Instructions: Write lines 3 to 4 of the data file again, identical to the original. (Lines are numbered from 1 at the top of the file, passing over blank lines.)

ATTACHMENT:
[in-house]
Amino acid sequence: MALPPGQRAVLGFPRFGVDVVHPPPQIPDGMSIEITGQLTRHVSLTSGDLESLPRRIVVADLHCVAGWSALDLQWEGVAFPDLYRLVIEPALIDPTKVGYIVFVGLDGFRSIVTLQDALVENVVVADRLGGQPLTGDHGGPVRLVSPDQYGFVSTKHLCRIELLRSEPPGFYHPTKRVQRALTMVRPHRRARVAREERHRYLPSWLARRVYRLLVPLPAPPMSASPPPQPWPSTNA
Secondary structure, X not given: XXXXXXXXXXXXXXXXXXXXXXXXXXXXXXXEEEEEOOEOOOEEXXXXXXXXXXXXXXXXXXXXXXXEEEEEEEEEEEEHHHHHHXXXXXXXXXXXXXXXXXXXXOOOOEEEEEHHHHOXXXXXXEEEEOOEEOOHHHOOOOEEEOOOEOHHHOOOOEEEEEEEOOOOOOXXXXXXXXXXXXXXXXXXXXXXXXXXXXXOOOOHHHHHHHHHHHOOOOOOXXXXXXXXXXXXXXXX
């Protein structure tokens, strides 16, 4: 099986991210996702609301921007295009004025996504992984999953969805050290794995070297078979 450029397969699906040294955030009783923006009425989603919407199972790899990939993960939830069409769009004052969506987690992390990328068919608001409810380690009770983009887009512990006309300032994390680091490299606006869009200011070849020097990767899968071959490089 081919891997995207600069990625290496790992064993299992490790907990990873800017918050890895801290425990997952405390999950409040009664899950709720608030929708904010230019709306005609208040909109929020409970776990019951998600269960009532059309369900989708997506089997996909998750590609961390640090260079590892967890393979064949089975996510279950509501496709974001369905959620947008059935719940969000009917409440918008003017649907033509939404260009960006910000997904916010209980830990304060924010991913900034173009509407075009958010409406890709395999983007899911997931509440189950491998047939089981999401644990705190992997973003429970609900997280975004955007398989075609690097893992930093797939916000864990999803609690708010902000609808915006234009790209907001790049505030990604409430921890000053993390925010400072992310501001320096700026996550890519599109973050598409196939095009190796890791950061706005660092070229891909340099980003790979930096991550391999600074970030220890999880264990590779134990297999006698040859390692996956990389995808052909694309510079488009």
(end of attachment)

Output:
Secondary structure, X not given: XXXXXXXXXXXXXXXXXXXXXXXXXXXXXXXEEEEEOOEOOOEEXXXXXXXXXXXXXXXXXXXXXXXEEEEEEEEEEEEHHHHHHXXXXXXXXXXXXXXXXXXXXOOOOEEEEEHHHHOXXXXXXEEEEOOEEOOHHHOOOOEEEOOOEOHHHOOOOEEEEEEEOOOOOOXXXXXXXXXXXXXXXXXXXXXXXXXXXXXOOOOHHHHHHHHHHHOOOOOOXXXXXXXXXXXXXXXX
């Protein structure tokens, strides 16, 4: 099986991210996702609301921007295009004025996504992984999953969805050290794995070297078979 450029397969699906040294955030009783923006009425989603919407199972790899990939993960939830069409769009004052969506987690992390990328068919608001409810380690009770983009887009512990006309300032994390680091490299606006869009200011070849020097990767899968071959490089 081919891997995207600069990625290496790992064993299992490790907990990873800017918050890895801290425990997952405390999950409040009664899950709720608030929708904010230019709306005609208040909109929020409970776990019951998600269960009532059309369900989708997506089997996909998750590609961390640090260079590892967890393979064949089975996510279950509501496709974001369905959620947008059935719940969000009917409440918008003017649907033509939404260009960006910000997904916010209980830990304060924010991913900034173009509407075009958010409406890709395999983007899911997931509440189950491998047939089981999401644990705190992997973003429970609900997280975004955007398989075609690097893992930093797939916000864990999803609690708010902000609808915006234009790209907001790049505030990604409430921890000053993390925010400072992310501001320096700026996550890519599109973050598409196939095009190796890791950061706005660092070229891909340099980003790979930096991550391999600074970030220890999880264990590779134990297999006698040859390692996956990389995808052909694309510079488009």